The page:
I recently did a Q&A with one of my favorite designers of bold, graphic prints: Thomas Paul. Rarely a day goes by when a few of us at Design Public don’t talk about which pillows or rugs we want most. Unfortunately, the conversations tend to be pretty lengthy simply because we can’t narrow down our favorites from his overwhelming array of options…
I know you have a very extensive background in the fashion industry which I feel is very evident in your pillows. What was the turning point that led you to transition into the home?
I was bored. I was mainly working in designing and coloring prints and patterns for neckwear. It is very limiting after a while when men basically only want to wear navy, red, or yellow ties with dots or stripes. I started with pillows because I could never find any throw pillows that I liked that were not going to cost more than the sofa itself. My original concept was to make cool pillows that were design driven, somewhat affordable, but not “cheap.”
You have such a range of designs – from the Apollo portrait to Matryoska dolls to Barnwood to Mosaics or Goldfinch graphics, etc. I know you probably get this question a lot, how do you come up with your designs?
It really just depends on what I am feeling at the time, or what catches my eye. The original collection was just this mix of different geometric graphics, very sixties influenced. This has just evolved over the collections to include things that are more iconic. I am just interested in a lot of different things, and I like mixing all of those elements together, but trying to make them my own through the style they are drawn in, or the color, or the scale.
What has been the craziest source of inspiration for a particular design?
It usually is never really a direct inspiration of something, it is more of a feeling that is in the air that I am seeing in a lot of different mediums from fashion and art to popular culture. For example, the Matryoska Dolls were not really directly influenced by the actual dolls themselves; I was having a Russian moment-thinking about all of the Russians who are now all over the world, or all of the Russian and Eastern European models in the fashion world. When I was growing up, you never met or heard about anybody Russian, it was like these people did not exist as they were so cut off from the rest of the world, then suddenly, they are everywhere and having a huge influence on society. I was thinking, how can I express a Russian theme in my style?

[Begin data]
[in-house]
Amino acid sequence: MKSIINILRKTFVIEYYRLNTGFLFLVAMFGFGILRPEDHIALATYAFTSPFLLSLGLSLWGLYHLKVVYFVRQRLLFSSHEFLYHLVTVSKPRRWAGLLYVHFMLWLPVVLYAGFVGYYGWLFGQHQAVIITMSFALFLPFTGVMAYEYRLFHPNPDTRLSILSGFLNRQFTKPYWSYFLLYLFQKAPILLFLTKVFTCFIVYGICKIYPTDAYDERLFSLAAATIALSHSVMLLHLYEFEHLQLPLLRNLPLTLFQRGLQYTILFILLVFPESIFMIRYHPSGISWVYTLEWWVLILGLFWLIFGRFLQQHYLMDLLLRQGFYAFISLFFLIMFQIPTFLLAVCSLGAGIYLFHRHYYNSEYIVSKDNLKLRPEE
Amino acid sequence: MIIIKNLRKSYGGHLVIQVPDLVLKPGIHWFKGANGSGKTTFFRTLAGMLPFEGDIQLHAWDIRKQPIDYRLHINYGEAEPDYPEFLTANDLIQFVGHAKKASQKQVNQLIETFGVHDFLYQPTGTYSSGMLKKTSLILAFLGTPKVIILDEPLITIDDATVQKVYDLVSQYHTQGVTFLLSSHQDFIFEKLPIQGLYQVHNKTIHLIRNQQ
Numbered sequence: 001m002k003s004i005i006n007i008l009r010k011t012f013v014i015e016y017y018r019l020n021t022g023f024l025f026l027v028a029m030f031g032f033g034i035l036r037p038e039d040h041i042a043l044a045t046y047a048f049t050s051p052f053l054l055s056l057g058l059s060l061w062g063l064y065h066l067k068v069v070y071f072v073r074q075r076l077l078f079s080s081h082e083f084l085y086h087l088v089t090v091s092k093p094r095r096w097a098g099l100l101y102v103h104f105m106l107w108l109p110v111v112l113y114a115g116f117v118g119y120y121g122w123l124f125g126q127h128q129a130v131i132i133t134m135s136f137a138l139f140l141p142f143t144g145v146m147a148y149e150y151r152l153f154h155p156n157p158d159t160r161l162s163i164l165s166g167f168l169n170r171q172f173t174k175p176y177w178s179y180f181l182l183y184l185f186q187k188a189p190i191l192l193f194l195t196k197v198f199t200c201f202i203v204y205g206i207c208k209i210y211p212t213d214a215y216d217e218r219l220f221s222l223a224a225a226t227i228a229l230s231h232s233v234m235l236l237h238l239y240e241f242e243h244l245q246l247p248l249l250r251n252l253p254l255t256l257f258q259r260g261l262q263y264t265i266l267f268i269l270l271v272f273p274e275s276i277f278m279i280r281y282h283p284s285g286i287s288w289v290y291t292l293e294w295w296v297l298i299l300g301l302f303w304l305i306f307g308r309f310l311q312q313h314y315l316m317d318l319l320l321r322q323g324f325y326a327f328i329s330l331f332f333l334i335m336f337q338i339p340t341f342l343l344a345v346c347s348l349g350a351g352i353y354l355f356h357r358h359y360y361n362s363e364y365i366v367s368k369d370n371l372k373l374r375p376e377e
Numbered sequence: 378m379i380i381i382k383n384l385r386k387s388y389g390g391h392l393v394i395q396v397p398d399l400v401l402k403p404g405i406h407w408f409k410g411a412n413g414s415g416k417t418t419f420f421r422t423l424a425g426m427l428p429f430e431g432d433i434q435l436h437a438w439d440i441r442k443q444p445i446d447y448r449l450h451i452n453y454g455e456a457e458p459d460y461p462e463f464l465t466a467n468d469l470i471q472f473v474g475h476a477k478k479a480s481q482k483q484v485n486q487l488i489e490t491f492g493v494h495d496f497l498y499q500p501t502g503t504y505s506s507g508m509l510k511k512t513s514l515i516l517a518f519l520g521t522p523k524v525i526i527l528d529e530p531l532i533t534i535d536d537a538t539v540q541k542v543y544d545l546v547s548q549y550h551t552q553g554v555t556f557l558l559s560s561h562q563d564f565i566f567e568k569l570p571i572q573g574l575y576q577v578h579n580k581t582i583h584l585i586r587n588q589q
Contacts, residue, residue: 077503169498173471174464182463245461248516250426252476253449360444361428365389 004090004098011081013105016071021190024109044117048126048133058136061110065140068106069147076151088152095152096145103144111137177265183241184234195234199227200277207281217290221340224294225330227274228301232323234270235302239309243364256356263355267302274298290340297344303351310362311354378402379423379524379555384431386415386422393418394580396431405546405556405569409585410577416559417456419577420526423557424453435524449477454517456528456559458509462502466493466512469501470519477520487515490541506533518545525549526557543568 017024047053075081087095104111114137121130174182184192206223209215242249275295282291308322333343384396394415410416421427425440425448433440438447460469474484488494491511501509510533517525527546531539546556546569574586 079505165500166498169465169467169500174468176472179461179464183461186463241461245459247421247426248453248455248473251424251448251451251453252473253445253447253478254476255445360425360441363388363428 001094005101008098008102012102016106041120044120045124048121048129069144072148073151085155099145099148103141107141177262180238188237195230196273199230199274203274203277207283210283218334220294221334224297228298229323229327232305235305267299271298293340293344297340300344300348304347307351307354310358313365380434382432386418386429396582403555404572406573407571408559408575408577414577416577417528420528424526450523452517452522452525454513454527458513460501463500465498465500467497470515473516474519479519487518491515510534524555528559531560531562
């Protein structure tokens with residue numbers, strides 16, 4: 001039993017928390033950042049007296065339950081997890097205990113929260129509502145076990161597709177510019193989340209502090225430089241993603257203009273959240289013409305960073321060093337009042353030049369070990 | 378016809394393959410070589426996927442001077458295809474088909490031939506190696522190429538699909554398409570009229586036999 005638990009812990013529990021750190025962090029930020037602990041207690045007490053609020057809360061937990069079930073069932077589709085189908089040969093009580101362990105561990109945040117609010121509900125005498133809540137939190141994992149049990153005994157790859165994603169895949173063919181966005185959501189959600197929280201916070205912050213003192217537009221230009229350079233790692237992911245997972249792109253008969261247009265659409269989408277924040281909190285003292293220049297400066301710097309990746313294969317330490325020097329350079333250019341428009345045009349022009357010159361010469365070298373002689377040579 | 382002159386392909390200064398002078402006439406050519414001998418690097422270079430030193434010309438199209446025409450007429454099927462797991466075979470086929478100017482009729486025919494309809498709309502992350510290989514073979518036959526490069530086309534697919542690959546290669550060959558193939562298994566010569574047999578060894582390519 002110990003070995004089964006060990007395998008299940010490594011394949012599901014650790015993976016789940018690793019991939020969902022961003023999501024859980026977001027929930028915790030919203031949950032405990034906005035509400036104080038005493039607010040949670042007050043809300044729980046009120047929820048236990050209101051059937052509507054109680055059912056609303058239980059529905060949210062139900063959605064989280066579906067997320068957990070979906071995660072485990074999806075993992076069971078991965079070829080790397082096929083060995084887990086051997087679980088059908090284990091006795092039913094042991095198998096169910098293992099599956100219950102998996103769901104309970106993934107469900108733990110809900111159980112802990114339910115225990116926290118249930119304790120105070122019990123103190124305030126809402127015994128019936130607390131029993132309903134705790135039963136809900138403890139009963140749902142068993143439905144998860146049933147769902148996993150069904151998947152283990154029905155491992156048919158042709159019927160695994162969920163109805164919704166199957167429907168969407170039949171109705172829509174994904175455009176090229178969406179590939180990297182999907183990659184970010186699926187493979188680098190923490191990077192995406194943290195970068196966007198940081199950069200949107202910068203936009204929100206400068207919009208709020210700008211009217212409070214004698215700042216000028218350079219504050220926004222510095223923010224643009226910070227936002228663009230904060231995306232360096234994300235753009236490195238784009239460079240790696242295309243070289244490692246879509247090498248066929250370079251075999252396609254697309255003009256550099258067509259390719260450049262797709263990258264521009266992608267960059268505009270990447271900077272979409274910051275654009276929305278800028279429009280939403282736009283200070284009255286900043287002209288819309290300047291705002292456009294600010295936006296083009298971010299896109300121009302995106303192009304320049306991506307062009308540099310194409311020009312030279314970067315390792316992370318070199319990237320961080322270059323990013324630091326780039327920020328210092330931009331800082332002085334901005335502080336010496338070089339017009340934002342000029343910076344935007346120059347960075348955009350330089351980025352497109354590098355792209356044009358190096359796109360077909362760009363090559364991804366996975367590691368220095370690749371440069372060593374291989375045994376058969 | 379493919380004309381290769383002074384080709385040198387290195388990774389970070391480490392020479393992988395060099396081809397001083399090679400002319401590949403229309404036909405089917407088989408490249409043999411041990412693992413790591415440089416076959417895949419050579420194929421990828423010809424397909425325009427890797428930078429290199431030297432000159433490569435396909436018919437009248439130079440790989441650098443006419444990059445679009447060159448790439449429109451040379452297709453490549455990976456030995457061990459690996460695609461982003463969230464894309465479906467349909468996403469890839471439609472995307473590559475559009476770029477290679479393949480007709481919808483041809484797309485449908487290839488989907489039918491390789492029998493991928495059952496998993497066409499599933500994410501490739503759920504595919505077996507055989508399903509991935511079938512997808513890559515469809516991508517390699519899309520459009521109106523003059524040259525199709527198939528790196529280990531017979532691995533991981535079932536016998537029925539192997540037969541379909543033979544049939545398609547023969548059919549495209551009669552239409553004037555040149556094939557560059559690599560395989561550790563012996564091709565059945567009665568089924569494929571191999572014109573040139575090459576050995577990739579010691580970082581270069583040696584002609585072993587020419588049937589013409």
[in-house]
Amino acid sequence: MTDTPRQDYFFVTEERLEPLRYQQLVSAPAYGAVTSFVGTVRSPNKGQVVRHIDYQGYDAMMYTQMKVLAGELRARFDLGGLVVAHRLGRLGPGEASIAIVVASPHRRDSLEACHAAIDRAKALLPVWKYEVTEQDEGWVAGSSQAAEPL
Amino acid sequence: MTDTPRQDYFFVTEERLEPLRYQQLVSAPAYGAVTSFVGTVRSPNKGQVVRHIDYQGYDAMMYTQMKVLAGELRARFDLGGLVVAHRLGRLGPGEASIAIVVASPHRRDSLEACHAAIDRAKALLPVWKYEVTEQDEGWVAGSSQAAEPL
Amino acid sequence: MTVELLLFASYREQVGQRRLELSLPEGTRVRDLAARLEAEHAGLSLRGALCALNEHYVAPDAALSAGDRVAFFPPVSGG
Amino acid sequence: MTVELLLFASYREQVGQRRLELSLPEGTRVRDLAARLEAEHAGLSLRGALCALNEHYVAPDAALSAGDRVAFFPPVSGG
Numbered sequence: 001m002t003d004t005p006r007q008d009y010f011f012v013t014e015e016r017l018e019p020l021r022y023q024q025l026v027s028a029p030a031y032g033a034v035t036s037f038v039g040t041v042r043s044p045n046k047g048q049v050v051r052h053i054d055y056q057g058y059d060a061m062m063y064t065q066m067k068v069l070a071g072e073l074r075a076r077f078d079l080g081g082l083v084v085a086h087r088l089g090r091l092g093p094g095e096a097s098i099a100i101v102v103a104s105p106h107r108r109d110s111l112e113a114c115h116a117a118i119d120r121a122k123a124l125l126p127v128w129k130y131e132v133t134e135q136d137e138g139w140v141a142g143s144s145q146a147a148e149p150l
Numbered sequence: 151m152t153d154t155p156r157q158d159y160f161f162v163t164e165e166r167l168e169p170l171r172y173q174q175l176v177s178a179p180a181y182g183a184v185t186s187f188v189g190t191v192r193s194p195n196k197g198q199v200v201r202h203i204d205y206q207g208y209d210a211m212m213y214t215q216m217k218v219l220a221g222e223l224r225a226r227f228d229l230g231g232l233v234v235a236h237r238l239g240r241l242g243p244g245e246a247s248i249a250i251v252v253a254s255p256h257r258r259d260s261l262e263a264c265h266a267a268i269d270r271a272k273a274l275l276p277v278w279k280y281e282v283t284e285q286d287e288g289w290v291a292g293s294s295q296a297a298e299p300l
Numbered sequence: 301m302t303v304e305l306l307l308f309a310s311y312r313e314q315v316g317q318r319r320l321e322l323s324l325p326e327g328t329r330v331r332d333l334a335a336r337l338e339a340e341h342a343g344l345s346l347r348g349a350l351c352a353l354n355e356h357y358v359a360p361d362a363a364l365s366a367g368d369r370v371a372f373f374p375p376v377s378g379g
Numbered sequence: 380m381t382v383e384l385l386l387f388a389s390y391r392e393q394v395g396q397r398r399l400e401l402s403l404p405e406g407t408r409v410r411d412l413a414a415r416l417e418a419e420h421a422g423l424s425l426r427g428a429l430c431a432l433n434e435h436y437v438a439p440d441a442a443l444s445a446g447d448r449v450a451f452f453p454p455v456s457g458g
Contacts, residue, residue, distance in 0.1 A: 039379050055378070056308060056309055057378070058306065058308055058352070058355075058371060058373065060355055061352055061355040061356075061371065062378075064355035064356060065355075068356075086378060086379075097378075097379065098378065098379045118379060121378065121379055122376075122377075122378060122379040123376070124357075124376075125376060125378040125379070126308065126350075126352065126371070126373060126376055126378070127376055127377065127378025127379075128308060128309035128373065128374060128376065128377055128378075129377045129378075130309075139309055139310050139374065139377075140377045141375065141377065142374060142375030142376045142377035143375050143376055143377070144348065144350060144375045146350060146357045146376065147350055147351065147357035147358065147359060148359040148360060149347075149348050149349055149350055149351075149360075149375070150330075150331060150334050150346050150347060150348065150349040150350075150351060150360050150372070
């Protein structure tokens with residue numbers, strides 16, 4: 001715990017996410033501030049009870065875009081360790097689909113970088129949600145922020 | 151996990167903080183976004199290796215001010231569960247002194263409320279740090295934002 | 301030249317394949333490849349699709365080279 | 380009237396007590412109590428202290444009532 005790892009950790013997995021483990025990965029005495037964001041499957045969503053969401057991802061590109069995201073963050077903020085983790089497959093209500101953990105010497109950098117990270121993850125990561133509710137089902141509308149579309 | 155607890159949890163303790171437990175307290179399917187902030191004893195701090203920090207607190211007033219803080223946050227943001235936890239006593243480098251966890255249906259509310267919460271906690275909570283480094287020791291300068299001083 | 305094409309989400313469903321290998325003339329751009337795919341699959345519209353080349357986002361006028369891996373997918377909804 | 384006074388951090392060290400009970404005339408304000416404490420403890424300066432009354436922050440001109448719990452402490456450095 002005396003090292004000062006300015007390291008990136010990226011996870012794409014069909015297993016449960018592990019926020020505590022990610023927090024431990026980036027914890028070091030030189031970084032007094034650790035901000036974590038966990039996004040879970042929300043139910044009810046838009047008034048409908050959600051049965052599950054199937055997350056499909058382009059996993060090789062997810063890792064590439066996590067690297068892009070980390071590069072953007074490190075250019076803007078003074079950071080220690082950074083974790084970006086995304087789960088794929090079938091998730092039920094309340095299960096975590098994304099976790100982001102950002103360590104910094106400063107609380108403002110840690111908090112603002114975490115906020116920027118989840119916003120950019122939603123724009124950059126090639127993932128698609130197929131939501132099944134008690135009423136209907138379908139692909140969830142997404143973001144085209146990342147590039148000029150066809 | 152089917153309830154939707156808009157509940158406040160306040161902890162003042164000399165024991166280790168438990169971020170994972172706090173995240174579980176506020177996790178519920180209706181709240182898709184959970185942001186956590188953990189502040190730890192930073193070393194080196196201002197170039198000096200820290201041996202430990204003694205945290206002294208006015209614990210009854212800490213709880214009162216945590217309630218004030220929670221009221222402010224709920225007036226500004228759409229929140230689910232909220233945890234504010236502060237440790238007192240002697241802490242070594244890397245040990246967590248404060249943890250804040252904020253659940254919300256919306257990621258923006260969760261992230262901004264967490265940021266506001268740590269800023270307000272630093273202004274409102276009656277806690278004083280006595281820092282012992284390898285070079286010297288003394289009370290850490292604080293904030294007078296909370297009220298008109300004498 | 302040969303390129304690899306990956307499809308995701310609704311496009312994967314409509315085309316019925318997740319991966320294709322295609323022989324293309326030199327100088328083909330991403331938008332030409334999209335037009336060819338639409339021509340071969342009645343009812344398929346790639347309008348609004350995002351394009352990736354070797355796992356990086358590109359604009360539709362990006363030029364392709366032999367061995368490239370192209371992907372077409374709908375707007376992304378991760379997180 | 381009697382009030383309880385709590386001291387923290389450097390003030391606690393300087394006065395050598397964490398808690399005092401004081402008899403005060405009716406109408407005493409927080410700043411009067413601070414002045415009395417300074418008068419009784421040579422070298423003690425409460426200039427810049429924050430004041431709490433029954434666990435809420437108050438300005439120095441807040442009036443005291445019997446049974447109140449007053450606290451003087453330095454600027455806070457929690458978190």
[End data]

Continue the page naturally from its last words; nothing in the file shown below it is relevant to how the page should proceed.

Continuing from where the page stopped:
Becky asks this question a lot and I have the same struggles – how do you get out of a creative rut / designer’s block?
Usually the best thing to do is to get out of the office or studio. I get most of my ideas when I am just walking around going to shops and museums or galleries. Also, traveling helps too. Even if it is a business trip, there is something about being on a train or plane that gets the ideas flowing.
This is tough, because I just made this decision a few weeks ago to never discontinue anything. Let me explain. Having been trained in the fashion world, you are taught that something is “good” for one season, then it is no longer good when it is out of fashion. Being in the home world, I have had designs that have been selling well for a number of years, and still prove to be as popular as new designs. I think there is a new thinking even in the fashion world. I am looking at what Prada has been doing, which is to bring back some of their signature prints from past seasons, which is saying, “Hey, this was a good print 5 years ago, why is this not good now?” It is the same idea with vintage, how the window of what is considered vintage is shortened, now to say something from four or five seasons ago is vintage. There are designs that I love that I always said, “Oh, ok this is done, I can’t use this anymore,” but now I am saying, “Ok, maybe I won’t use it for a few seasons, but there will always be the window for that image to come back in a few years, and maybe in a different item, like a rug or a plate.” There is this layer of designs from throughout the years, so looking back you can never say-oh that is Spring 2005, for example. There is no definite date on anything.